EU finance ministers were also set to hold coronavirus talks by computer later Monday, as the disease and the efforts to combat it take their toll on the bloc’s economy.

Here’s a look at what’s happening in Asia 

From The Associated Press and CBC News, last updated at 7:30 a.m. ET

China is relaxing travel restrictions in Hubei, the province hardest hit by the virus, sending thousands of workers back to jobs at factories desperate to get production going again.

The official Xinhua News Agency reported Monday that cities just outside the epicentre of Wuhan were chartering buses to send back to work residents who had returned home for the Lunar New Year in late January.

The move comes as Chinese officials say the outbreak that spread from the city of Wuhan starting in December has mostly run its course domestically, while they remain vigilant against imported cases.

WATCH: How social distancing can slow the spread of the coronavirus

Social distancing measures like working from home, school closures and cancelling sporting events could lead to a drop of new infections of coronavirus. 1:54

The outbreak of COVID-19 has had a devastating effect on China’s service sector and industries from autos to cellphones, although President Xi Jinping has pledged that economic growth targets for the year will still be met.

In the latest tally, China’s National Health Commission reported 16 new cases of the coronavirus in the previous 24 hours. Twelve of them were imported from overseas. China now has 80,860 confirmed cases. The health commission said that 67,749 patients have recovered and been discharged from hospitals. Fourteen more deaths were reported in the last 24 hours, raising the toll to 3,213.

In South Korea, officials reported a downward trend in new infections on Monday, Yonhap reported. The country has reported 8,236 cases to date, according to the Korea Centers for Disease Control and Prevention. A total of 75 people have died in the country, most of them older and with underlying disease.

Japan is dealing with around 800 local cases as well as the passengers from the Diamond Princess cruise ship who tested positive. The Bank of Japan is also looking at taking emergency measures to tamp down the impact of the outbreak on the country’s economy, NHK reported.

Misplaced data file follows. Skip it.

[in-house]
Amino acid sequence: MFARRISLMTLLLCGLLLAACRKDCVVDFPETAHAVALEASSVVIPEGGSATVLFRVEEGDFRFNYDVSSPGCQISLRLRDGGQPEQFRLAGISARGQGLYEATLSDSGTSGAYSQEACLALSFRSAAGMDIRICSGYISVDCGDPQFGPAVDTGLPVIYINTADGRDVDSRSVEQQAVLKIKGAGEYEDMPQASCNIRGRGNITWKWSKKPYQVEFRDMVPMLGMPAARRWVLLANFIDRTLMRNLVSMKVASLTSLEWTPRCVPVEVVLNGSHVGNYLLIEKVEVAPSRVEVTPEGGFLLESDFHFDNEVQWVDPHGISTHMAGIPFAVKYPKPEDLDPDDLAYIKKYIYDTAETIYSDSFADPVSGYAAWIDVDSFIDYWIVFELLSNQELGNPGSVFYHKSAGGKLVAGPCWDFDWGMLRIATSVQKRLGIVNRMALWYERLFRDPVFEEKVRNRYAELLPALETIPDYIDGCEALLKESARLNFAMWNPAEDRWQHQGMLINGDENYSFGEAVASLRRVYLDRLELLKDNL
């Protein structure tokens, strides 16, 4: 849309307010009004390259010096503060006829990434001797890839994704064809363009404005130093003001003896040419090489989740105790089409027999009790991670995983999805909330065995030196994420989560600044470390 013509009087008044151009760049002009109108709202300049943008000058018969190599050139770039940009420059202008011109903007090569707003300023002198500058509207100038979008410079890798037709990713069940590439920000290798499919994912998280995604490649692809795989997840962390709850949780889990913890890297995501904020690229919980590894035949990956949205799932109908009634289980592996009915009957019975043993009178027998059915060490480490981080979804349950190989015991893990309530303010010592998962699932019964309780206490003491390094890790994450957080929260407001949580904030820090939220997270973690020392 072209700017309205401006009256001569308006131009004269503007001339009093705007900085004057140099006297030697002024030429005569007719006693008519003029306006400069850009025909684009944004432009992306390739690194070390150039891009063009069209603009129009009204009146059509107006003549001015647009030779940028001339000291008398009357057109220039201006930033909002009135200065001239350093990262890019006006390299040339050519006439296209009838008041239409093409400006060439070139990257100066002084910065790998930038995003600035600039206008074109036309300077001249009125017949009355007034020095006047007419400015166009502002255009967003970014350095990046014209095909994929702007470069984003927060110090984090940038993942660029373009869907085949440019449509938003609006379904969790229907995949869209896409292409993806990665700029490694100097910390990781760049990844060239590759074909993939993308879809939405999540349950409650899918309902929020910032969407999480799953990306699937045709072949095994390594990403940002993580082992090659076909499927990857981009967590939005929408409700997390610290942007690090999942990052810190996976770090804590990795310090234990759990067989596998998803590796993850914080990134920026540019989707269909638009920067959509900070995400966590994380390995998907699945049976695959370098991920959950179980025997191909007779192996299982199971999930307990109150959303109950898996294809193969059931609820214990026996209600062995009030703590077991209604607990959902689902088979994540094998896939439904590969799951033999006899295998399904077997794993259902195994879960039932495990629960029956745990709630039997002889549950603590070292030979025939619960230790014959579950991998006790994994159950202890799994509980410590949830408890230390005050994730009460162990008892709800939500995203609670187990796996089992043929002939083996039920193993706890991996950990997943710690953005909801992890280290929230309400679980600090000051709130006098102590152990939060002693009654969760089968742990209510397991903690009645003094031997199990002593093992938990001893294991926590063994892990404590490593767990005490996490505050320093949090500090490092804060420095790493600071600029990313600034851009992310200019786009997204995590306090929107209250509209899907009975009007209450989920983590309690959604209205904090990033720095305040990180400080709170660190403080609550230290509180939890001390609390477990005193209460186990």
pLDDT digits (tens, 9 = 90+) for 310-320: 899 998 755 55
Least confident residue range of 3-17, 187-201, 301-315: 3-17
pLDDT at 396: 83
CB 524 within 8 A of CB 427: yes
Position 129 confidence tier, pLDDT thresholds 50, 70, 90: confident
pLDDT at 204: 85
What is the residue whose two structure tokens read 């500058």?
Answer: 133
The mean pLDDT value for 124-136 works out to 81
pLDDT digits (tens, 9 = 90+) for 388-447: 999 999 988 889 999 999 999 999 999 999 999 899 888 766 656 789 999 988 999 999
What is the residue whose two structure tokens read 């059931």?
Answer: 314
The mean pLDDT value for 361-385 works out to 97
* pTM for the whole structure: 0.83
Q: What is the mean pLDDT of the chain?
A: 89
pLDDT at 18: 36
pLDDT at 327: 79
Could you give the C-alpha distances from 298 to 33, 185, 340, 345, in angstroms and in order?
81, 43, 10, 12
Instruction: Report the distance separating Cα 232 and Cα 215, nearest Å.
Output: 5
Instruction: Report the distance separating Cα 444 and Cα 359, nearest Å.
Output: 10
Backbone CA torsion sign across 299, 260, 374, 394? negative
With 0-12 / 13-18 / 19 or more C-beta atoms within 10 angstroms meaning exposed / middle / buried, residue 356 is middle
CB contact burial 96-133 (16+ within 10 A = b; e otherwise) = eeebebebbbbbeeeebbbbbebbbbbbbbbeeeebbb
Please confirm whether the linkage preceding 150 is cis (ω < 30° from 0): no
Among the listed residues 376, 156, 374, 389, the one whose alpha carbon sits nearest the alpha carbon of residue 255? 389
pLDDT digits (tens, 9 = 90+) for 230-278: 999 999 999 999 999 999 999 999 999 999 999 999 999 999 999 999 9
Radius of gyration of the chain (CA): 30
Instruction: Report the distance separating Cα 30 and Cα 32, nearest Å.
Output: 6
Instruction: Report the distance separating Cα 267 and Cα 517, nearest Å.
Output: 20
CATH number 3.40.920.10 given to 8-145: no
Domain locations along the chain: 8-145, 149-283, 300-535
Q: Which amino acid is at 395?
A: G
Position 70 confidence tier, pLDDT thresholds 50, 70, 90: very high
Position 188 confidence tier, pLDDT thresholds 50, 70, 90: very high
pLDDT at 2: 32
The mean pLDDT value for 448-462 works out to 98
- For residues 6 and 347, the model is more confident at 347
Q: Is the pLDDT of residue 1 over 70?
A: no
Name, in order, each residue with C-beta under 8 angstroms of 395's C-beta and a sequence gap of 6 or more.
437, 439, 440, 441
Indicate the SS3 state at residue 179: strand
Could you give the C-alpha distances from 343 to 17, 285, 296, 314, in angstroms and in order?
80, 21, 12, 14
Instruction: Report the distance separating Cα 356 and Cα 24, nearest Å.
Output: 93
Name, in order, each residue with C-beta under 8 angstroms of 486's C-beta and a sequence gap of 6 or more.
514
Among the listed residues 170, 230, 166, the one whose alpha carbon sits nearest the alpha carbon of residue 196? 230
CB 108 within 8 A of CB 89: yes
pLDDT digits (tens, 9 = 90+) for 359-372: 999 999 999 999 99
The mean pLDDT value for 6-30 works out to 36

Here’s a look at some of what’s happening around the world, including hard-hit Iran

From The Associated Press, Reuters and CBC News, updated at 7:30 a.m. ET

Military Emergencies Unit (UME) members carry out a general disinfection at the North train station in Valencia on Monday. (Jose Jordan/AFP/Getty Images)

  • Iran’s reported death toll from the novel coronavirus has reached 853, with 129 new deaths in the past 24 hours, a health ministry official tweeted on Monday, adding that a total of 14,991 people have been infected across Iran. “In the past 24 hours we had 1,053 confirmed new cases of coronavirus and 129 new deaths,” Alireza Vahabzadeh tweeted. To contain the outbreak in Iran, one of the deadliest outside of China, officials have called on people to stay at home.

  • Turkey identified 12 new cases of the coronavirus, bringing its total to 18, Health Minister Fahrettin Koca said on Monday, marking the highest daily rise since the country announced its first case last week. Koca said two of the new cases were related to the first case reported in the country, while seven had travelled from Europe and three from the United States.

  • South Africa will revoke nearly 10,000 visas issued this year to people from China and Iran, and visas will now be required for other high-risk countries that had been visa-free, including Italy and the United States. The health minister said a lockdown might be necessary if tough new measures to deal with COVID-19, including travel restrictions and school closings, don’t work. He warns of a high risk of internal virus transmission with “the problem of inequality in our society.”

  • Liberia has announced its first COVID-19 case Monday as the executive director of the Environmental Protection Agency, Nathaniel Blama, was among the first officials on the continent to contract the virus. Liberia, along with its neighbours Sierra Leone and Guinea, were devastated by Ebola outbreaks from 2014 to 2016 that killed more than 11,300 people, including 4,000 in Liberia alone.

  • Bangladesh’s government has shut down all educational institutions and private tutorial centres across the country until March 31. Bangladesh confirmed three more cases of infection on Monday, taking the total to eight.